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Drinking water foundation

Montanans have some summer homework to complete before the school year begins this fall. The state Department of Public Health and Human Services is considering changes to school health rules — and a requirement that all schools test their water systems for lead. Parents, teachers and concerned community members should take this opportunity to demand mandatory water testing.

It’s a small expense to spare generations of children the long-term health effects of lead poisoning. Montana’s long history with contaminated water, and the high lead levels found in local public schools that do test their water, provide good reason for concern.

Lead exposure, while harmful for adults, is a major concern for children because their brains and bodies are still developing, and the long-term exposure to the heavy metal can severely limit bone growth, impair the kidneys and nervous system, and cause lasting developmental delays. Even a small amount of lead is considered toxic if it is ingested, and medical research links even low levels of exposure to lower IQ scores. The American Academy of Pediatrics recommends that schools allow no more than 1 part per billion of lead in their water systems. The U.S. Environmental Protection Agency accepts a limit of 15 ppb.

Yet despite the clear health risks, in Montana, schools test their water on a purely voluntary basis. Many smaller schools and those in more rural parts of the state test their water rarely, if ever.

Last summer, as part of its Get the Lead Out initiative, the advocacy group Environment Montana shared the results of water samples conducted by those schools that do such testing. It showed that many schools in Montana have levels of lead in their water that well exceed 1 ppb. Missoula County schools provided 140 samples from 2016 and 2018, and 78 percent of them contained greater than 1 ppb of lead — and one test from Seeley-Swan High School contained 28 ppb.

School district officially immediately replaced four fixtures and installed a water filter, and soon traced the source of the problem to an old backed-up water line.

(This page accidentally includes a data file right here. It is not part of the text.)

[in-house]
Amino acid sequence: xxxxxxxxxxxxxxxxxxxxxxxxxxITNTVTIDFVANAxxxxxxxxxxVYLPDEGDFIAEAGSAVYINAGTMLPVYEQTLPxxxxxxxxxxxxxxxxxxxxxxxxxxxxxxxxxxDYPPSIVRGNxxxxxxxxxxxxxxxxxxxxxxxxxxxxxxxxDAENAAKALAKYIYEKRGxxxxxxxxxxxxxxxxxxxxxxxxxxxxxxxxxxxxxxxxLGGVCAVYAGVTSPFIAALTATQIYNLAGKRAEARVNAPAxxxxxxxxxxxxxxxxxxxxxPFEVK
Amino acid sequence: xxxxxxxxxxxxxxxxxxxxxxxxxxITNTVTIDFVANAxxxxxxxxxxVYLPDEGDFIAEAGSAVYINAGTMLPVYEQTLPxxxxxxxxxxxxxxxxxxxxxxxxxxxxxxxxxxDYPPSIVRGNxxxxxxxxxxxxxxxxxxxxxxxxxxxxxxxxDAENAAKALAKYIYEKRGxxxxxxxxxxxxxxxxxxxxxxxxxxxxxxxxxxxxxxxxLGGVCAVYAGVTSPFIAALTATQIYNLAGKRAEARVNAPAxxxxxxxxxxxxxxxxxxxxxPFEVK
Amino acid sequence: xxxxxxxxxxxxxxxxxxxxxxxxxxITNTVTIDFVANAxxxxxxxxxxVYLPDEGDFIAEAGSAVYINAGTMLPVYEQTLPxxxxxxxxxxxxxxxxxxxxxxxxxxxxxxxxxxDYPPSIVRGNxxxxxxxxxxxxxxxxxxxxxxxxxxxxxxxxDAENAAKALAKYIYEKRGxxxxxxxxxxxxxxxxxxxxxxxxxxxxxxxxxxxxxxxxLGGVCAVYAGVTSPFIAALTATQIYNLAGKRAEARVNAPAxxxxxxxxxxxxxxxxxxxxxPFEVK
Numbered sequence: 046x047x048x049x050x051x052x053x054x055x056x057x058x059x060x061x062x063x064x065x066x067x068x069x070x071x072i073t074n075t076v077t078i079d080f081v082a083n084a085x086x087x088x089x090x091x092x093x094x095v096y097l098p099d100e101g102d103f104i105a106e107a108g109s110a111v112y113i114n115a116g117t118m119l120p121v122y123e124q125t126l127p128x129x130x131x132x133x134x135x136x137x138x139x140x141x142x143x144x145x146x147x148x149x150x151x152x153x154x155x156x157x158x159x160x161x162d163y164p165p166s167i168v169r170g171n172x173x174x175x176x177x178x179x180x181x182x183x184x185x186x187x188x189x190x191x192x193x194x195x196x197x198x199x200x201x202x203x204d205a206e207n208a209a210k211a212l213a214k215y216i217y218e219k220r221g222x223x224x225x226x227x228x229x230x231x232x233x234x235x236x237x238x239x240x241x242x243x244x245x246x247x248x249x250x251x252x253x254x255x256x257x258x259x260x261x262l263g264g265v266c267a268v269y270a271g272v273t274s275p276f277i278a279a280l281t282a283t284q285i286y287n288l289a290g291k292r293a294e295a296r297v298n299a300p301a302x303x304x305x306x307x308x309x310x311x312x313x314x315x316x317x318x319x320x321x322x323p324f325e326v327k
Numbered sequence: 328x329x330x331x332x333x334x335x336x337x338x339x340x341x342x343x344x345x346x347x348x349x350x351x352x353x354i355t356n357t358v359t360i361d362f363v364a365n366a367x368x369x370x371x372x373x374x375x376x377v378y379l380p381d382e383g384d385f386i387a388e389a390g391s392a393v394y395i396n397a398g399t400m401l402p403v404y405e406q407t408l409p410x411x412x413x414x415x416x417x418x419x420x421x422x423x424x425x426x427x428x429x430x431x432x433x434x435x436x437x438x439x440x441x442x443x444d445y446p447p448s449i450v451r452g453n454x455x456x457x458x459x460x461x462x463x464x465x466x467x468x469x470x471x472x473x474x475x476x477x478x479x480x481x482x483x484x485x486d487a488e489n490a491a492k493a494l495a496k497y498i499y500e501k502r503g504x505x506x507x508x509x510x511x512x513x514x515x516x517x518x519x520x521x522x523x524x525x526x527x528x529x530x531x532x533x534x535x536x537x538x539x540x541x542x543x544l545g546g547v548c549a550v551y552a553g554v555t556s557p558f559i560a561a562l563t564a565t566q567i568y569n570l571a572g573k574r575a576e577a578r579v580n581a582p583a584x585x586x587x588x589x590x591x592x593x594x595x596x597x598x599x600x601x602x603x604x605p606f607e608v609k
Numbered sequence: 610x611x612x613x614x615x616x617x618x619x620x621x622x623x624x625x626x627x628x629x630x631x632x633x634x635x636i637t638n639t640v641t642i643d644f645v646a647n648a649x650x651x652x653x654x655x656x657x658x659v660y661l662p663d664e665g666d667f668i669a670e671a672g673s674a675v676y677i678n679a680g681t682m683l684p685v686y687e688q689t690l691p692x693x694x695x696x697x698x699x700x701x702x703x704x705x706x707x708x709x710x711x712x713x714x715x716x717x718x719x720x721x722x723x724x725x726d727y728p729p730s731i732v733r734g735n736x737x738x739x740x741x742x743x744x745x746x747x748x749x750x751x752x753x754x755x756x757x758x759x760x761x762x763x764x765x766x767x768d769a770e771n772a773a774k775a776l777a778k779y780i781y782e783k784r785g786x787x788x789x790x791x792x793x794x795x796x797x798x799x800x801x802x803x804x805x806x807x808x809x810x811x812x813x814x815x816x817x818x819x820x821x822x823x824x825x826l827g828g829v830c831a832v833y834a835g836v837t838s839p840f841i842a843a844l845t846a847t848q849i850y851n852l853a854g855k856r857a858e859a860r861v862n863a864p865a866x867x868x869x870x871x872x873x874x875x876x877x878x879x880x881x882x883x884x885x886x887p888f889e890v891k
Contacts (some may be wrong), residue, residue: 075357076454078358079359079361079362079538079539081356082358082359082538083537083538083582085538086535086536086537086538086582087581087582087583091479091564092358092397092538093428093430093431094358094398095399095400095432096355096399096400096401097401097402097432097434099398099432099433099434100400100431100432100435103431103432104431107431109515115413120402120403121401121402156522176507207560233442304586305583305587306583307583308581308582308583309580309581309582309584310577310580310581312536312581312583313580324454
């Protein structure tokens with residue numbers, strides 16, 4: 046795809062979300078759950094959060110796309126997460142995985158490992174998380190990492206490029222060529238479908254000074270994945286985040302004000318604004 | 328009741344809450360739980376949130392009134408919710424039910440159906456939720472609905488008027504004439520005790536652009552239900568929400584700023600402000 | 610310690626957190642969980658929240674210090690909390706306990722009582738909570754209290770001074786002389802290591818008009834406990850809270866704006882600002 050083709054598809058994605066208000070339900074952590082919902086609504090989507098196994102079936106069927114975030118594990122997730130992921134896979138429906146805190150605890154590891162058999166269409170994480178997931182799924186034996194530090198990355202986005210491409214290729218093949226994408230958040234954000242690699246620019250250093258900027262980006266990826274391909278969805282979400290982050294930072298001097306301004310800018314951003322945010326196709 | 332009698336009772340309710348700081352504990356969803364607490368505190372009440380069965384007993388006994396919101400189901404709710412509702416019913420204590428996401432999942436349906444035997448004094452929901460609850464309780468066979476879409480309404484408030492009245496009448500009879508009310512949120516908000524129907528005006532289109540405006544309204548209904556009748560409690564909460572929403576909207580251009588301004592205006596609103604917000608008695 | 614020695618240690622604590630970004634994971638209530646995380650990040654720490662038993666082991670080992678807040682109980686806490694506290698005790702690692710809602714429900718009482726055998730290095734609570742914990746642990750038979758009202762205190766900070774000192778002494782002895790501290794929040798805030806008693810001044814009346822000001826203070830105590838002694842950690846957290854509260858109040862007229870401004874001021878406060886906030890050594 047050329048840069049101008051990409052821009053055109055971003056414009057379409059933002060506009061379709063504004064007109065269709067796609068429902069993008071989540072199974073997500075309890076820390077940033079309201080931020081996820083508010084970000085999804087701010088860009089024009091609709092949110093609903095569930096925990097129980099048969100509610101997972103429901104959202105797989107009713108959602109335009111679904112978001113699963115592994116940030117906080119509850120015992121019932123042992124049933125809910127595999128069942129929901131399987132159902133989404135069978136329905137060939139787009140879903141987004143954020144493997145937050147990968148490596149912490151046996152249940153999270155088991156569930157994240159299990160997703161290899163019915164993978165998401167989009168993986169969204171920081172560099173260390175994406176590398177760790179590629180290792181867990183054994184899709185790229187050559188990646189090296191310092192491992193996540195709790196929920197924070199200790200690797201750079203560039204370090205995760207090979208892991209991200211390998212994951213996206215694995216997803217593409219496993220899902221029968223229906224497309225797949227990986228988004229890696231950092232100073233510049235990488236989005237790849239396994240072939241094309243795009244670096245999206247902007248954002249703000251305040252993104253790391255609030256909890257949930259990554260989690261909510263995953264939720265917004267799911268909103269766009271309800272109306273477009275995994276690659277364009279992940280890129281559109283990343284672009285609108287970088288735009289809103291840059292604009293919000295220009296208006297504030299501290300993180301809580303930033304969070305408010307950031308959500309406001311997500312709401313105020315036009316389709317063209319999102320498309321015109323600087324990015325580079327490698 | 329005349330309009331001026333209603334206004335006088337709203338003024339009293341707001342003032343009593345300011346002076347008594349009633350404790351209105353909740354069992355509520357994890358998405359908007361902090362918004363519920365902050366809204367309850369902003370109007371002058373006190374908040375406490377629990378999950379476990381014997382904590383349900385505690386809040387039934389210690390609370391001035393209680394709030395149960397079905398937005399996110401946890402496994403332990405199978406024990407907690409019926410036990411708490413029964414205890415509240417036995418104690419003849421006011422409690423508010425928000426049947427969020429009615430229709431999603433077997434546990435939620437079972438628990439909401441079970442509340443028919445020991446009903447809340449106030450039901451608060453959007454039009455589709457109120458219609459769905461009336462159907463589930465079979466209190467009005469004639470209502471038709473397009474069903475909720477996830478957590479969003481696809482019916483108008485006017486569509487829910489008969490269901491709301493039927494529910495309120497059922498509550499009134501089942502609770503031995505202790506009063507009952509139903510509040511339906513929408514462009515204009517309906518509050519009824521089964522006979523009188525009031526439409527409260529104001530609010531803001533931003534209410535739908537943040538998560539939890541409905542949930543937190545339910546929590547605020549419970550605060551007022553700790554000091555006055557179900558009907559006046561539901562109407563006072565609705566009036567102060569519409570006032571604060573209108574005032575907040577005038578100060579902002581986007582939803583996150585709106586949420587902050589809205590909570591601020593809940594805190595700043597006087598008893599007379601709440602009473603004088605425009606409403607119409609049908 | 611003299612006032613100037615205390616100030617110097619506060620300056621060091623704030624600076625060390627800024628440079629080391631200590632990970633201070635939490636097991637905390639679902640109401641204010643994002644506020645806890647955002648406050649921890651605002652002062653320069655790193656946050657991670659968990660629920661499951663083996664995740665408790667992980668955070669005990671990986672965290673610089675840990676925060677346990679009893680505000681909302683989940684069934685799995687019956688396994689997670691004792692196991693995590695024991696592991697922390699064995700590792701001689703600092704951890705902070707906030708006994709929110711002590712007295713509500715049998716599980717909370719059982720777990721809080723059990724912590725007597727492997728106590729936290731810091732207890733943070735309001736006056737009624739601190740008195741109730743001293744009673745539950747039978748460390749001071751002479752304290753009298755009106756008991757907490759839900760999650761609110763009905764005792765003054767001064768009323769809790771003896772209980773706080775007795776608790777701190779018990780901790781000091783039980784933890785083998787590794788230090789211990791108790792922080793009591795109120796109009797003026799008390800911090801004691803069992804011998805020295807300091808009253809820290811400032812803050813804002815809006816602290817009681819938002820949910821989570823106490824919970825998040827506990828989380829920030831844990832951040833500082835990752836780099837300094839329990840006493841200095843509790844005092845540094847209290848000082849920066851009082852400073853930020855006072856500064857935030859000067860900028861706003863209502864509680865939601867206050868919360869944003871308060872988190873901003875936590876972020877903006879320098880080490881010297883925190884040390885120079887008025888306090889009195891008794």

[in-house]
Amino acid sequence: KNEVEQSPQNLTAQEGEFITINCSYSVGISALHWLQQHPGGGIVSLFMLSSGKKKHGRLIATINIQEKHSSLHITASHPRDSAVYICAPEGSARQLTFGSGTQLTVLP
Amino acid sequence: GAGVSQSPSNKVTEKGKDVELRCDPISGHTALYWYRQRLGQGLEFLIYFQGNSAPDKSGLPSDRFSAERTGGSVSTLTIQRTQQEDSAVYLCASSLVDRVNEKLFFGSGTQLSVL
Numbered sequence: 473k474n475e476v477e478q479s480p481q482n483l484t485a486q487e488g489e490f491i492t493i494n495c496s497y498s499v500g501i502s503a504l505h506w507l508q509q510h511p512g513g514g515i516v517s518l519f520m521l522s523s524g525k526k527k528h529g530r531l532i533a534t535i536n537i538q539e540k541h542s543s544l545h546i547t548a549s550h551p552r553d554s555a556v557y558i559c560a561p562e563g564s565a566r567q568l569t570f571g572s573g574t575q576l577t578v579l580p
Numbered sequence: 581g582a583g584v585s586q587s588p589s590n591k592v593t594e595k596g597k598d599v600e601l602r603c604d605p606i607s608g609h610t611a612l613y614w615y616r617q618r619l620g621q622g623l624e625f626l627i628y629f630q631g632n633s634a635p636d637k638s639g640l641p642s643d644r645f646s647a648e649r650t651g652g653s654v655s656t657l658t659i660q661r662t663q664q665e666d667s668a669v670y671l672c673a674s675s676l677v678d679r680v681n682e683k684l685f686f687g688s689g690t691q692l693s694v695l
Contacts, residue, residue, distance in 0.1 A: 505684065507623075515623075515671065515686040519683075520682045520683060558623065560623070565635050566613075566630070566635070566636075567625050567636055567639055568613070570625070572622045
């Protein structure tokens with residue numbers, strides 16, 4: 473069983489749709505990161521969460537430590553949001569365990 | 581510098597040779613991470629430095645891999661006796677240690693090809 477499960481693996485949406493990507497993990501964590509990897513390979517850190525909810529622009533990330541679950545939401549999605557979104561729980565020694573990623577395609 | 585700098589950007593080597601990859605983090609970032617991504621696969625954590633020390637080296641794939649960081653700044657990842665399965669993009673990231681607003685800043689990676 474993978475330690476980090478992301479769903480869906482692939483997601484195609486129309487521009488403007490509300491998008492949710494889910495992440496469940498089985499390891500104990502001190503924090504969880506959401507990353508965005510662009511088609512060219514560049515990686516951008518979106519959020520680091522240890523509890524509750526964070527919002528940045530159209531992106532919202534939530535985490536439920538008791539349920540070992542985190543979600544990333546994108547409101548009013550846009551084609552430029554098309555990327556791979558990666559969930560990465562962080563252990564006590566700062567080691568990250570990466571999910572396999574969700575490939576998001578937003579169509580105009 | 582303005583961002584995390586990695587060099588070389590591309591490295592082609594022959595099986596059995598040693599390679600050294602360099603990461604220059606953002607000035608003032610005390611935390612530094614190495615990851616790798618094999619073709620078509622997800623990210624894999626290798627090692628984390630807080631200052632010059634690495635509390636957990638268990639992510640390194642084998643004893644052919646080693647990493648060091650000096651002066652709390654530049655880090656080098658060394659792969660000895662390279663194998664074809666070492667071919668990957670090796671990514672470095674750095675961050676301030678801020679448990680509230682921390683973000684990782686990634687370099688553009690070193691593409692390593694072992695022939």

But the problem never would have been caught had school officials not recognized the need to regularly test for lead and voluntarily send in water samples for testing. Students in other schools may not be so lucky.

Lead is a naturally occurring metal that is commonly used in construction materials, including those for homes and businesses. Many older homes in Missoula County likely have lead plumbing components, and county health officials recommend that these property owners consider testing their water for lead, too.

A student living in an older home with higher-than-recommended amounts of lead in the water system, and going to school in a building that contains lead in its water system as well, is likely to suffer some degree of lead poisoning with symptoms that may not become apparent for many years.

Schools should set the baseline for health by testing their water. That should not even be a point for debate. Testing must be done on a regular basis because, like the Seeley-Swan school example illustrates, old systems can sometimes back into newer ones, pipes can leak and contaminants can seep into water supplies.

Individual school districts can discuss what level of lead they are willing to allow, but we would hope they would err on the side of caution and follow the advice of the experts at the American Academy of Pediatrics. That’s no more than 1 ppb of lead in drinking water.

School districts should also make it a point to post the results of their water tests in an easily accessible and understandable format, such as on their websites. All parents, but in particular the parents of children with special health concerns, would doubtless appreciate being able to look up this information without a lot of hassle.

At their most recent public meeting, the Department of Public Health and Human Services noted that several school organizations had written in response to the proposed rule changes, and opted to extend the public comment period until Sept. 16.

In the meantime, school staff and parents alike should take the opportunity to write in support of a water testing requirement for lead for all school districts in the state. Visit the DPHHS website (https://dphhs.mt.gov/schoolhealth/schooladministrativerules) for more information, or send comments to Gwen Knight, Department of Public Health and Human Services, Office of Legal Affairs, P.O. Box 4210, Helena, Montana, 59604-4210; fax (406) 444- 9744; or e-mail dphhslegal@mt.gov.

Other proposed changes, such as one that would update tobacco signage, deserve scrutiny and thoughtful consideration, too. After all, the current rules have not been updated since 1986. The proposed changes were formed with input from DPHHS, the Montana Department of Environmental Quality, the U.S. Environmental Protection Agency and county health officials. Some, like mandatory water testing, come with an added cost burden for school districts. Taxpayers should weigh any added burden against the potential benefits, and school and health officials should look for outside sources of aid, such as federal grants, to help cover additional costs.

But lead testing is a no-brainer. The ability to detect and fix problematic water systems clearly outweighs any upfront costs, which are minimal to begin with. Even the most sophisticated water testing kits can be purchased for less than $30.

Testing would provide reassurance of safe water in our schools — or shine the spotlight on water systems in need of replacement. In either case, it’s basic information that communities must have in order to make important decisions about replacing leaky pipes or aging water systems.

Before Montana schools can pass or fail, they first have to take the test.

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